Malikites comprise one of the four orthodox schools of law in Islam.  Their sect was named after Malik ibn Anas, who died in the Arabian city of Medina in 796.  A celebrated legal scholar, Malik is known above all as the author of Kitab al-Muwatta, the earliest surviving work on law in Islam.  Its contents in general reflect the outlook of that early legal tradition associated with the Hijaz.  While the Maliki school owed its formative inspiration to the teaching of Malik, the elaboration of its doctrine into a unified, distinctive code of law was in the main the work of his leading disciples, in particular of al-Sulami (d. 852), al-Tanukhi, known also as Sahnun (d. 854), and Isma‘il ibn Ishaq (d. 895).  In addition to the Qur’an, Malikis based their legal rulings on the consensus (ijma) or customary law of Medina, and when these failed to provide an adequate basis for law they had recourse to personal judgment (ijtihad/ra’y).  Malikis did make use of the hadith (the traditions of the Prophet) as a basis for law, but these never constituted the highest court of appeal for them.  If Malikis and Hanafis were largely in agreement on the role of reason in the juridical process, they sometimes differed substantively in the realm of positive law, a fact explained largely by their different geographical roots.  Apart from isolated cases, and for reasons that are not entirely clear, Maliki law never won acceptance in the eastern lands of Islam.  However, it has been and remains the dominant school of North Africa.

Malikiyya see Malikites

Malik Sarwar
Malik Sarwar (Malik Sarwar Shah Sharqi) (Khwaja Jahan).  Founder of the Sharqi Sultanate of Jaunpur in northern India (r.1394-1399).

Malik Sarwar Shah Sharqi was the Sultan of the Sharqi dynasty in South Asia.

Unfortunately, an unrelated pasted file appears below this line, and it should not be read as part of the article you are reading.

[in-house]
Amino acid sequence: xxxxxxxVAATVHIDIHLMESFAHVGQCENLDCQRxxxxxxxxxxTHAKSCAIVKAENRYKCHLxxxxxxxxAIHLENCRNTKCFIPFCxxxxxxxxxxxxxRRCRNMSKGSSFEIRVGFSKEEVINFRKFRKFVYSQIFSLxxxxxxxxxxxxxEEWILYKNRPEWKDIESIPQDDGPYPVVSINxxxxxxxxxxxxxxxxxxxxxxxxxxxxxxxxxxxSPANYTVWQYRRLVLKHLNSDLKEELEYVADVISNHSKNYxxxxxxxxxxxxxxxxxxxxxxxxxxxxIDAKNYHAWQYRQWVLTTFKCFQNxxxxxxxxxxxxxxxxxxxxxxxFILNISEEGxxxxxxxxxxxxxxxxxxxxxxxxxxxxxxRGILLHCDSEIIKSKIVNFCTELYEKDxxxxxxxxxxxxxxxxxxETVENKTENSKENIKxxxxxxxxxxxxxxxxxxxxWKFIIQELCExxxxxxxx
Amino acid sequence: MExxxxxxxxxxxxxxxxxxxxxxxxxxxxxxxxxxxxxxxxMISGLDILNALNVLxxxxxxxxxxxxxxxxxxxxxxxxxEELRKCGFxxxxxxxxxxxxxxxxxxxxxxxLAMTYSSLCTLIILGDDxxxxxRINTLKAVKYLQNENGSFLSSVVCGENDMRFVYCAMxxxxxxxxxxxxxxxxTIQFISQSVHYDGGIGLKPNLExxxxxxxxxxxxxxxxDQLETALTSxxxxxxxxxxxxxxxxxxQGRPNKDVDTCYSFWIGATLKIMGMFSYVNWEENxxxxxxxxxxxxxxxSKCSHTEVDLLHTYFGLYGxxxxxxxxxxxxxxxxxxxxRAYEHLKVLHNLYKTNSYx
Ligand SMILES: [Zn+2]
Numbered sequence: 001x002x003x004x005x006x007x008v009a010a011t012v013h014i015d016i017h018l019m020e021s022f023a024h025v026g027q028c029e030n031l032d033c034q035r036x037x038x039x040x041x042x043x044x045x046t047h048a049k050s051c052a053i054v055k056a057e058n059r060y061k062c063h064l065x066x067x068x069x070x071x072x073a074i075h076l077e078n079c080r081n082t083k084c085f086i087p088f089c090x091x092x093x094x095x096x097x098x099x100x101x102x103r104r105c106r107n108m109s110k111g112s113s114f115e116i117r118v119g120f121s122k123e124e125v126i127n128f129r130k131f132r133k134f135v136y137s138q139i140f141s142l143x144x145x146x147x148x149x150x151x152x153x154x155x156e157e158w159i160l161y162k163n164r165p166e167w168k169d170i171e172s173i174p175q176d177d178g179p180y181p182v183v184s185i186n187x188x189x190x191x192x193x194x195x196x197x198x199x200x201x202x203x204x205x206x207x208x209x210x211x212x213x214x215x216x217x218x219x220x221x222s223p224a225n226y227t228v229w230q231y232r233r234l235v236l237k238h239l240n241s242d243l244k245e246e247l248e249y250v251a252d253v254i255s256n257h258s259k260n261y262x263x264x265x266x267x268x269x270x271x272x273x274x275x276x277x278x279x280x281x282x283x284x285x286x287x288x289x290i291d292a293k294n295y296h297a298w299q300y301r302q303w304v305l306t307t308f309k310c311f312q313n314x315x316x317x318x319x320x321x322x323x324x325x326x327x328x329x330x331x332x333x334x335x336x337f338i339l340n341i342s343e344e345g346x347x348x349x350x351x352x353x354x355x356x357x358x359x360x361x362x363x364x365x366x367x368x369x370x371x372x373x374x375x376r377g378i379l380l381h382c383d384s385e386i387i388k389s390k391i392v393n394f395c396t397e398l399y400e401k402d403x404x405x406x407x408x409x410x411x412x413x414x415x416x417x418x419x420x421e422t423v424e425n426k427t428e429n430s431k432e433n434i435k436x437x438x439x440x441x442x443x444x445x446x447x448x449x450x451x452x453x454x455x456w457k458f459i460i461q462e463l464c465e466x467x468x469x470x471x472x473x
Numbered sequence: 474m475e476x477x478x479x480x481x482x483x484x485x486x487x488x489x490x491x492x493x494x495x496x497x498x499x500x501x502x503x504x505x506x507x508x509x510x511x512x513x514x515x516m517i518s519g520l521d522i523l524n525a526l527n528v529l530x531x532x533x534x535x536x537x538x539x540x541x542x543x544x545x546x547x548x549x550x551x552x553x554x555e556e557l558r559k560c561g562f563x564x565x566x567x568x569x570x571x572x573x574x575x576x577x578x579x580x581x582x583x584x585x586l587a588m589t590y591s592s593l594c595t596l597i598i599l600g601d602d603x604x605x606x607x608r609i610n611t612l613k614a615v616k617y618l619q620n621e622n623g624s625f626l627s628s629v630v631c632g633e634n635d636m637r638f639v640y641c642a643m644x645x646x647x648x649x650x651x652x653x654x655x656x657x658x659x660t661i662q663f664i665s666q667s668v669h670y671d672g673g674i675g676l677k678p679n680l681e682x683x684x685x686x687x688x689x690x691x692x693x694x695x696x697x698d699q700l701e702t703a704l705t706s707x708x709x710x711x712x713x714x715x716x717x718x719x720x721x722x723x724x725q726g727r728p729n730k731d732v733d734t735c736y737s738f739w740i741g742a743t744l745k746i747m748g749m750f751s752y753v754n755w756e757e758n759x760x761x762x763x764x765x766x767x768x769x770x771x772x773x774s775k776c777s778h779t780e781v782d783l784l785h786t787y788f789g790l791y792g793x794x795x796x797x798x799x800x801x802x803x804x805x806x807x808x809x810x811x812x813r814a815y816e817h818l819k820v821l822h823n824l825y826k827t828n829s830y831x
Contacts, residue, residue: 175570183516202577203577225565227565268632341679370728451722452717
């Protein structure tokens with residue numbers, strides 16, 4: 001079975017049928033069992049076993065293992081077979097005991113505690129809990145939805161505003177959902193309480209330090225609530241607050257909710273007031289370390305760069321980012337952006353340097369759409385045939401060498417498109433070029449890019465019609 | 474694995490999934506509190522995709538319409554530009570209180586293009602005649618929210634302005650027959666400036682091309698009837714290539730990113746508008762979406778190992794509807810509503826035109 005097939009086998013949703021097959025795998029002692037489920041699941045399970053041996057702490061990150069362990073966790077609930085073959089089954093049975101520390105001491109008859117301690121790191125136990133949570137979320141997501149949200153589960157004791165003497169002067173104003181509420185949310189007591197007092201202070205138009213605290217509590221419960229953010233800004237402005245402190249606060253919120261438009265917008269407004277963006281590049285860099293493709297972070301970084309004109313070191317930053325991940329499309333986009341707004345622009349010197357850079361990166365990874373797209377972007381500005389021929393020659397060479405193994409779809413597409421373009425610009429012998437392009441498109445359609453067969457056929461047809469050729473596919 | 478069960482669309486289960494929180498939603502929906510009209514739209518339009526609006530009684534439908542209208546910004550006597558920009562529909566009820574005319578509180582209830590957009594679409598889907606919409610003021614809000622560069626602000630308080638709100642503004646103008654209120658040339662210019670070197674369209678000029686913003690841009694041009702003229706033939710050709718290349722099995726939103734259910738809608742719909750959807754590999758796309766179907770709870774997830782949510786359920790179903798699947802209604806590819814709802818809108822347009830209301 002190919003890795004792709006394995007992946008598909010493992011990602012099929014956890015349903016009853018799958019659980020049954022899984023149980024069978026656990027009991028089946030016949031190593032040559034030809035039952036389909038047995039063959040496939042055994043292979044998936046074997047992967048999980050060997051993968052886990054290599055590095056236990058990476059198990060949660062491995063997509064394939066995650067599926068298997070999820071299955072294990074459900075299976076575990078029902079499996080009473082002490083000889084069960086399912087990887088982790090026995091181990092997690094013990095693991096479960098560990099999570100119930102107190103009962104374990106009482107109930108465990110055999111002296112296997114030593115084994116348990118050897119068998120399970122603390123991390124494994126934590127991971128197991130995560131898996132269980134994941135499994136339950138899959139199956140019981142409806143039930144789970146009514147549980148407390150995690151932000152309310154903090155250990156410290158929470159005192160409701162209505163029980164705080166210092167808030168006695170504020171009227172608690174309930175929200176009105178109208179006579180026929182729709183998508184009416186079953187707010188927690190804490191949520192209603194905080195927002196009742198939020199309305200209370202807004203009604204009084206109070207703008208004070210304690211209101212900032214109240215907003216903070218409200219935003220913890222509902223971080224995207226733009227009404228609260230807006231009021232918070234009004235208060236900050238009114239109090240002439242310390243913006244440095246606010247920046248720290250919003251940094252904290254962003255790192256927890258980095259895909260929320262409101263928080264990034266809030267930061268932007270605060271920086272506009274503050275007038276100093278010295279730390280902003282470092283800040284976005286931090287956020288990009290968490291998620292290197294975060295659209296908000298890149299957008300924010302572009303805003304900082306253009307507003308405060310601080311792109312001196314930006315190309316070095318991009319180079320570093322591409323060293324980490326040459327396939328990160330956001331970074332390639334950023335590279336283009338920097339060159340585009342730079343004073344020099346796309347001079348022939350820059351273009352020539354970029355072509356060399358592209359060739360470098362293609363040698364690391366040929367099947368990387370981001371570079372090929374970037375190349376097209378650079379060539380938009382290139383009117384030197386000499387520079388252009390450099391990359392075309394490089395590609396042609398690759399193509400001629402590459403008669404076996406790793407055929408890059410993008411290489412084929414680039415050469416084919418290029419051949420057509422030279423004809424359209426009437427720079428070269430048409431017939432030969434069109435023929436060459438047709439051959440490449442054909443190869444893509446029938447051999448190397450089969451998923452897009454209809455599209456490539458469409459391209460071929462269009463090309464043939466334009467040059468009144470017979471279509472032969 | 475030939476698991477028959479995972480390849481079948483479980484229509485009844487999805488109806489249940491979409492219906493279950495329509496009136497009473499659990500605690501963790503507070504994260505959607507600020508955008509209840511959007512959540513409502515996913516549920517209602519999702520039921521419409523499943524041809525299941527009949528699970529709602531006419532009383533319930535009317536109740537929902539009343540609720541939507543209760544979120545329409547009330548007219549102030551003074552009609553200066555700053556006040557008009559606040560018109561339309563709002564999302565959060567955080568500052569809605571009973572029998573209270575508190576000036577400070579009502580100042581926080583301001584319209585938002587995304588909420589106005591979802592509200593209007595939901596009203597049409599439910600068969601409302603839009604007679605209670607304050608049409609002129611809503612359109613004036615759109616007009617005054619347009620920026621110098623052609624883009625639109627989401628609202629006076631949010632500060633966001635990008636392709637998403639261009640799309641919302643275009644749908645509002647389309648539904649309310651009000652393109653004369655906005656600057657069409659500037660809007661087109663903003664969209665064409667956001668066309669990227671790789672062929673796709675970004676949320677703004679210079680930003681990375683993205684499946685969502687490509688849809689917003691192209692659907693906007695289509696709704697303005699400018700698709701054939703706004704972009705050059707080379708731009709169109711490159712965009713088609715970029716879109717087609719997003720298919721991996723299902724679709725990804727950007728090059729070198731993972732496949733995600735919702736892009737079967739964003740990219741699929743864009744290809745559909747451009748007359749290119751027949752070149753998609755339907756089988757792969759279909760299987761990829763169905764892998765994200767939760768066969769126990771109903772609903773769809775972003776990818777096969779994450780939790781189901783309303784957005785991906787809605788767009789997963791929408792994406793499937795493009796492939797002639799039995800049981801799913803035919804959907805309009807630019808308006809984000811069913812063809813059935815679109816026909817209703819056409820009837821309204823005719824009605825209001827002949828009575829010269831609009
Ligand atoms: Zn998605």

The Jaunpur sultanate was ruled by the Sharqi dynasty. The Khwajah-i-Jahan Malik Sarwar, the first ruler of the dynasty was a Wazir (minister) under Sultan Nasiruddin Muhammad Shah III Tughluq (1390 – 1394). In 1394, he established himself as an independent ruler of Jaunpur and extended his authority over Awadh and a large part of Ganga-Yamuna doab. The dynasty founded by him was named so because of his title Malik-us-Sharq (the ruler of the east). The most acclaimed ruler of this dynasty was Ibrahim Shah. The last ruler Hussain Shah was overthrown by Bahlul Lodi, and the Jaunpur sultanate was permanently annexed to the Delhi sultanate by Sikandar Lodi.

In 1389, Malik Sarwar received the title of Khajah-i-Jahan. In 1394, he was appointed as the governor of Jaunpur and received his title of Malik-us-Sharq from Sultan Nasiruddin Muhammad Shah III Tughluq (1394 - 1413). Soon, he established himself as an independent ruler and took the title of Atabak-i-Azam. He suppressed the rebellions in Etawah, Koil and Kanauj. He was also able to bring under his control Kara, Awadh, Sandila, Dalmau, Bahraich, Bihar and Tirhut. The Rai of Jajnagar and the ruler of Lakhnauti acknowledged his authority and sent him a number of elephants. After his death, he was succeeded by his adopted son Malik Qaranfal, who took the title of Mubarak Shah.